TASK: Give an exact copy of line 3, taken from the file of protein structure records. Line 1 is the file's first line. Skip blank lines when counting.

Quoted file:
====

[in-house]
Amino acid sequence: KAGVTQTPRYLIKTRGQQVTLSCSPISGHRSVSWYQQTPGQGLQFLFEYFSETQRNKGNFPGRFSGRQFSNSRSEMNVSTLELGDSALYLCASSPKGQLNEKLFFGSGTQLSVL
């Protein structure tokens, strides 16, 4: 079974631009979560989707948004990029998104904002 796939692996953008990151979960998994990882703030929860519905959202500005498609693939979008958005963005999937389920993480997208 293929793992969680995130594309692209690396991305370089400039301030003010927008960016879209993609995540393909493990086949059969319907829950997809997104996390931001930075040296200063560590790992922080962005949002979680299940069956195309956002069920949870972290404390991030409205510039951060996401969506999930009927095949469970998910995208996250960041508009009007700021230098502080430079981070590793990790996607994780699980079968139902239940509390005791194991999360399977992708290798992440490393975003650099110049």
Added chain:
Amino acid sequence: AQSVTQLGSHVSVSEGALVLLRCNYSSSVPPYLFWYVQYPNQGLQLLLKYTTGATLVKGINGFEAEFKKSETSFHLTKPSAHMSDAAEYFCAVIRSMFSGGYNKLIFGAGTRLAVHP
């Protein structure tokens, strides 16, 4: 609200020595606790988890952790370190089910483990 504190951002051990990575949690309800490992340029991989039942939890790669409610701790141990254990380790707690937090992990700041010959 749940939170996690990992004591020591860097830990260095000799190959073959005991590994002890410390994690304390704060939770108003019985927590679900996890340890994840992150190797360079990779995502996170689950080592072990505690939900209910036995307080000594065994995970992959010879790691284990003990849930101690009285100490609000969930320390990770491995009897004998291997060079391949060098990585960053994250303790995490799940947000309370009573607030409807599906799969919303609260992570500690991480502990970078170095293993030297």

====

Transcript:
């Protein structure tokens, strides 16, 4: 079974631009979560989707948004990029998104904002 796939692996953008990151979960998994990882703030929860519905959202500005498609693939979008958005963005999937389920993480997208 293929793992969680995130594309692209690396991305370089400039301030003010927008960016879209993609995540393909493990086949059969319907829950997809997104996390931001930075040296200063560590790992922080962005949002979680299940069956195309956002069920949870972290404390991030409205510039951060996401969506999930009927095949469970998910995208996250960041508009009007700021230098502080430079981070590793990790996607994780699980079968139902239940509390005791194991999360399977992708290798992440490393975003650099110049």